Hello Labann. Indications are that most Newport cyclists do not know even the most basic rules of the road. Though surveys of students, residents and visitors are in progress, five minutes at the intersection of Bellevue and Memorial will confirm this observation. Bicycle signage is an obvious first step to improve awareness of road sharing, as is promoting the laws. Agreed that the situation is challenging and that history has not included much planning helpful to cycling, but we are moving forward slowly and collaboratively, one step at a time, to improve the understanding of what it means to share the road. An early focus on education does not preclude infrastructure improvements, in fact it should help us to get there.

  5. Labann says:

    Great, Barry… Bicyclists are Newport's biggest menace and first priority, not distracted/drunken motorists, lackadaisical legislators, and negligent office holders. Sure, let's blame the bicyclist and victimize the innocent. Half of them are children and teens who aren't legally responsible. Because bicyclists are vulnerable, you attack them first, which appeases businessmen and enables bad governance. You ought to recall mayor, representatives, town council; if any problem exists, they are to blame. A few bicyclists creeping along edges of roads where motorists aren't supposed to be anyway can't be tolerated for one second, but life threatening behavior by everyone else is totally embraced. What injustice! Occurs to me this constitutes a discriminatory hate crime. Traffic laws are very specific: Motorists aren't supposed to kill bicyclists or pedestrians, supposed to operate with caution. So, what, make it easier than that already is by whipping cyclists ineffectually into shape? How about closing streets to motor vehicles? Providing parking in outskirts supported by frequent bus loops? Revenues rule, so target cyclists instead. You know what, Newport isn't worth visiting by bike despite its recent rating as a national tourist mecca and upcoming America Cup series. My recent spin through there was a disappointment, not even a decent coffee shop with a bike rack at which to stop, and numerous idiots driving badly. Couldn't exit fast enough on my century tour, because the snarling sprawl extends into Middletown.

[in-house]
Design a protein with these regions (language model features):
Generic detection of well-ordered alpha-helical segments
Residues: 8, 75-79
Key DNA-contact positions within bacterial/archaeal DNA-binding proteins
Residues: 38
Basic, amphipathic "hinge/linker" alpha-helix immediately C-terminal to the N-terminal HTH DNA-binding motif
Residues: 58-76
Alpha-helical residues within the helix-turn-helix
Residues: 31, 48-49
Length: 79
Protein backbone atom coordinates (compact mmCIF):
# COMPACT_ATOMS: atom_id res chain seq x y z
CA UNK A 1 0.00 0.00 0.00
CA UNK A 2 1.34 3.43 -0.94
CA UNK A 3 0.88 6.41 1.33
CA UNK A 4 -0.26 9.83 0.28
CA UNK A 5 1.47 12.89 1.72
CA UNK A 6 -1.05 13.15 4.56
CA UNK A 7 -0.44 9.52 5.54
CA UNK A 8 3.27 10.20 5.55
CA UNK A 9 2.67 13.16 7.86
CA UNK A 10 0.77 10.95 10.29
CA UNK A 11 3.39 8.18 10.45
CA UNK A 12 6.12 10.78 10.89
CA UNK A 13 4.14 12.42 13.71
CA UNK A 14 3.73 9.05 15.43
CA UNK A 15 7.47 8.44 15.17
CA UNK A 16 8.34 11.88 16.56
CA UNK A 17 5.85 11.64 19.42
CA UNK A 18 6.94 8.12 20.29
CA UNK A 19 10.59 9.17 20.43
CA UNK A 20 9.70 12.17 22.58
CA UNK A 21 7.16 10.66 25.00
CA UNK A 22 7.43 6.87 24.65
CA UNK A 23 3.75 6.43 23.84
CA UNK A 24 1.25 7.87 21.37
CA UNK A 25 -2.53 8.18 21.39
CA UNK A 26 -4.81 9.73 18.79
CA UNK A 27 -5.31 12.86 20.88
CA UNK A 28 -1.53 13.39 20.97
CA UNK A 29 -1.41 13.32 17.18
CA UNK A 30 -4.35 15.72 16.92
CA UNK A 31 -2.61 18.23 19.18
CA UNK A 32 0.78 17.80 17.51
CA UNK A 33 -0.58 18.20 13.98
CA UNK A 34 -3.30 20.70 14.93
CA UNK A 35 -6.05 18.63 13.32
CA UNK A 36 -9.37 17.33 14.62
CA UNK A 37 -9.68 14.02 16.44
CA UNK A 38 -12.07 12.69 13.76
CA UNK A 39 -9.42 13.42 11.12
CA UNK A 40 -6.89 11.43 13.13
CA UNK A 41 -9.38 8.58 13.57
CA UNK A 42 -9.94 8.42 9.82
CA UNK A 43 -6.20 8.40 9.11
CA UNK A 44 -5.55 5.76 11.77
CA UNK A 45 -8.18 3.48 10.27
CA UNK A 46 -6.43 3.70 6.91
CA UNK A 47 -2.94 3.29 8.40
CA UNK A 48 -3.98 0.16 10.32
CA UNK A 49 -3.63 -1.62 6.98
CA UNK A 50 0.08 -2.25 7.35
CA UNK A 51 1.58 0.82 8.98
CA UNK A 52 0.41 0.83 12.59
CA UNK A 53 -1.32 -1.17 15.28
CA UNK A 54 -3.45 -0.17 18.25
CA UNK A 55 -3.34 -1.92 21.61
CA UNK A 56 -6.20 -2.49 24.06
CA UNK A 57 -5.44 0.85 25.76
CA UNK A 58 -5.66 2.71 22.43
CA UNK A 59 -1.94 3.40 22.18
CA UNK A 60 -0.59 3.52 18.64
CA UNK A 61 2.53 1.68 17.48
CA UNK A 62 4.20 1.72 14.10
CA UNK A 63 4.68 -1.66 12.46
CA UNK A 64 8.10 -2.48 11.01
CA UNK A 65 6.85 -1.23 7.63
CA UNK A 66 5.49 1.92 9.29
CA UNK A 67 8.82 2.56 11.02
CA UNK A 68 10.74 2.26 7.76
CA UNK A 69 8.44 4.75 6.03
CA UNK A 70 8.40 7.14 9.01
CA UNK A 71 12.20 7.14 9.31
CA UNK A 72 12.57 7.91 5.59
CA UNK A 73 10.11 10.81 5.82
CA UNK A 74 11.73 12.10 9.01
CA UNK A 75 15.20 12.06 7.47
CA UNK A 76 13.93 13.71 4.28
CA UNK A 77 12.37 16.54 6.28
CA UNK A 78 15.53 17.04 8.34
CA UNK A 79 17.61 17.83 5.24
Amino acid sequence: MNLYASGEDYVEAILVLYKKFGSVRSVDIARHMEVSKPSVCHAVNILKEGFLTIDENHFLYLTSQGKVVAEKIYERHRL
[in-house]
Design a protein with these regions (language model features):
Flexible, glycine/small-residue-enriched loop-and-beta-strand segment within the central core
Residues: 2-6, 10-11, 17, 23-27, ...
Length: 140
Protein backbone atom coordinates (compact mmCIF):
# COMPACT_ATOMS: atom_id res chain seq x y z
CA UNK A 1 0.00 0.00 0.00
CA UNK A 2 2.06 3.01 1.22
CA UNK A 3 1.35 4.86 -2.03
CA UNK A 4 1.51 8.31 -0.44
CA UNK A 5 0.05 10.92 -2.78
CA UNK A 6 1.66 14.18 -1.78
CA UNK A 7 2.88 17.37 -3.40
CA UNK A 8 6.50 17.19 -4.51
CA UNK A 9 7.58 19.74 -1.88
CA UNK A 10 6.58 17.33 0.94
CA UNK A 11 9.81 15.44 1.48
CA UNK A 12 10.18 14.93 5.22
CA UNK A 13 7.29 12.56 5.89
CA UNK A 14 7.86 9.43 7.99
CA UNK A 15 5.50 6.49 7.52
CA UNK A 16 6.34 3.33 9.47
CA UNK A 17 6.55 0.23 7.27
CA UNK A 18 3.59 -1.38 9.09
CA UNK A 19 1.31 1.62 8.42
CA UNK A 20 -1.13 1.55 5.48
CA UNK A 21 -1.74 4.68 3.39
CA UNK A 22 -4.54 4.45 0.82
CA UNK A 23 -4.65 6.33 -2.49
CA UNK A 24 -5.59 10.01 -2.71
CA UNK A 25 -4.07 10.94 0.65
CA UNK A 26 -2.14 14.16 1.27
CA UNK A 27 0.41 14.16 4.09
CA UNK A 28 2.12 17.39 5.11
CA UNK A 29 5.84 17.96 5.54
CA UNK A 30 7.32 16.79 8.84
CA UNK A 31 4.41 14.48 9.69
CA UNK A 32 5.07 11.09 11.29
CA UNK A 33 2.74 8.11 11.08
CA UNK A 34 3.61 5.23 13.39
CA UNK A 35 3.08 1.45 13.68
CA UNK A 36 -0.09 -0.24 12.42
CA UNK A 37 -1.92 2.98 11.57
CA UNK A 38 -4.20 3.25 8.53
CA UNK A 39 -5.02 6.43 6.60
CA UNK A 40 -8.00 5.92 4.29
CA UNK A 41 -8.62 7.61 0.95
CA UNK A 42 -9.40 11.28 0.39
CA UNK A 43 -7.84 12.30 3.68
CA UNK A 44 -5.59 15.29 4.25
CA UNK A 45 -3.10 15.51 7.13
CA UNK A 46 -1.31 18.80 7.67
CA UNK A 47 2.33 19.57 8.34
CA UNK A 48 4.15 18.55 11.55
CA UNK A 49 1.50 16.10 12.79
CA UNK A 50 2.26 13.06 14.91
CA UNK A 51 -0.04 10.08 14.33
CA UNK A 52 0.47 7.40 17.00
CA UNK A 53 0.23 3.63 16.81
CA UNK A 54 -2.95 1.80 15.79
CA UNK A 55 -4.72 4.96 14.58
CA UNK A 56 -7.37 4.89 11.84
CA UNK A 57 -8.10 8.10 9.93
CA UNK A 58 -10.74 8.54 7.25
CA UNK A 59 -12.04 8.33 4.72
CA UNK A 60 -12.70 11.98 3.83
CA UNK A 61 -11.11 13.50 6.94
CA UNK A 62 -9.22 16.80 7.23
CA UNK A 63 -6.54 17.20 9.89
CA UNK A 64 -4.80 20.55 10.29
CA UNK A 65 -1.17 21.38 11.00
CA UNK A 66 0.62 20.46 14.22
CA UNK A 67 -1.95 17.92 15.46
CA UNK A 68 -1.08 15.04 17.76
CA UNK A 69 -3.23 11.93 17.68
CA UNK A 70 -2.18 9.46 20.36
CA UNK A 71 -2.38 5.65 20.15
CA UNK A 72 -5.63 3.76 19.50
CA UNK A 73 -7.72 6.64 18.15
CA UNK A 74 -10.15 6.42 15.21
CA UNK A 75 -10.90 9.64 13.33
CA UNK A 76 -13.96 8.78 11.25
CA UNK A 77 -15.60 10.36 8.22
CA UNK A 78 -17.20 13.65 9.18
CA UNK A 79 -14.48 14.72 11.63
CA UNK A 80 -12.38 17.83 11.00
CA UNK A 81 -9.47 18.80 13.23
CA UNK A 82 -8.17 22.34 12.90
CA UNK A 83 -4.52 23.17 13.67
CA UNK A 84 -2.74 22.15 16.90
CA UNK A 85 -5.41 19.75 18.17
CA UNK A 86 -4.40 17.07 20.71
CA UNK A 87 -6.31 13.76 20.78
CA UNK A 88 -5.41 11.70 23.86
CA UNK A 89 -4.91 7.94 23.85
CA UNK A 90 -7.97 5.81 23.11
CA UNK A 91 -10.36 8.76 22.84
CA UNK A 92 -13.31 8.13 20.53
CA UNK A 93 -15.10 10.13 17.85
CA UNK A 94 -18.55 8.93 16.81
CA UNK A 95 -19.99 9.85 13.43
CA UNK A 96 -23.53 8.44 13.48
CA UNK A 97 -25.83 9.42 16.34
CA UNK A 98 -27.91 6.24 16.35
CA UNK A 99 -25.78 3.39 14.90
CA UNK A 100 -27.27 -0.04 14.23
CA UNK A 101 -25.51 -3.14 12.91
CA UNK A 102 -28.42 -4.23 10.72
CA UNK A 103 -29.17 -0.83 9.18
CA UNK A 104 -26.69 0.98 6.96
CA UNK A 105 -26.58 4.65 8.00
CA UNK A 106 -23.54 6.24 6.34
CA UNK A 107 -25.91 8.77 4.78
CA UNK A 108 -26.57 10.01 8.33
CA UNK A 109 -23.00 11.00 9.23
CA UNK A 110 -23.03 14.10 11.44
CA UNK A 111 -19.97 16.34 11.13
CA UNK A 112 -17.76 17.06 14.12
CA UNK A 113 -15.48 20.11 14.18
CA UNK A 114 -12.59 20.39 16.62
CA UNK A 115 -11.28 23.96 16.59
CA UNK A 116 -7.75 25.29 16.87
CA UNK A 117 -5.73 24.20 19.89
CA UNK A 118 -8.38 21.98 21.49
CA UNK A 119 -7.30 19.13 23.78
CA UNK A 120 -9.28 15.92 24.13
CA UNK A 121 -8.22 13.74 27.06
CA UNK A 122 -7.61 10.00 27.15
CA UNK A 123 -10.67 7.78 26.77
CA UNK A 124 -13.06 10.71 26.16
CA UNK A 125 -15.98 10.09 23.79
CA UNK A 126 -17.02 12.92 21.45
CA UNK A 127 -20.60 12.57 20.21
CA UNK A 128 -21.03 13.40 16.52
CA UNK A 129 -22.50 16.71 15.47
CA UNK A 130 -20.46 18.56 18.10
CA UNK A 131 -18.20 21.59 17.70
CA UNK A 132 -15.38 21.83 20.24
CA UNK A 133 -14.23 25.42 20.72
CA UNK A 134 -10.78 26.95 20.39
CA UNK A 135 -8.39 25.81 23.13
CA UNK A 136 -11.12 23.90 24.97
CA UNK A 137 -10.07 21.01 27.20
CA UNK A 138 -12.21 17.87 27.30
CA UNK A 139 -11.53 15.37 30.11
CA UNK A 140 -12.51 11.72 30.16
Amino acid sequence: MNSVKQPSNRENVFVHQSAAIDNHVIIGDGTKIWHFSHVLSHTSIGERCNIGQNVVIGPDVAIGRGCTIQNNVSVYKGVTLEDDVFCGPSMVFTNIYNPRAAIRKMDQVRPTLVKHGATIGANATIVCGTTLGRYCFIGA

6. Bari says:

    I don't think that teaching kids in school how to ride safely, helping every kid who wants a bicycle to get one and turning around holiday families riding the wrong way on Bellevue constitute hate crimes. And I'm pleased that we are all working together to help motorists and bicyclists alike learn to share the road while we work together for improved legislation and infrastructure. I see we have different approaches to the challenges. Perhaps our combined efforts will lead to improvements.

  7. barry says:

    I think both Bari and Labann are right, we need to both work on educating children and bicyclists about proper riding, and take incremental steps, (bike racks, map guides,, signs) the way bikenewport is doing, but we also need tto advocate for infrastructure for biking and for serious enforcement of safe driving as careless or distracted drivers can do so much harm with their vehicles, not just to bicyxlists but also to pedestrians, highway workers, even other motorists. We all have limited time and capacity, but all such efforts help.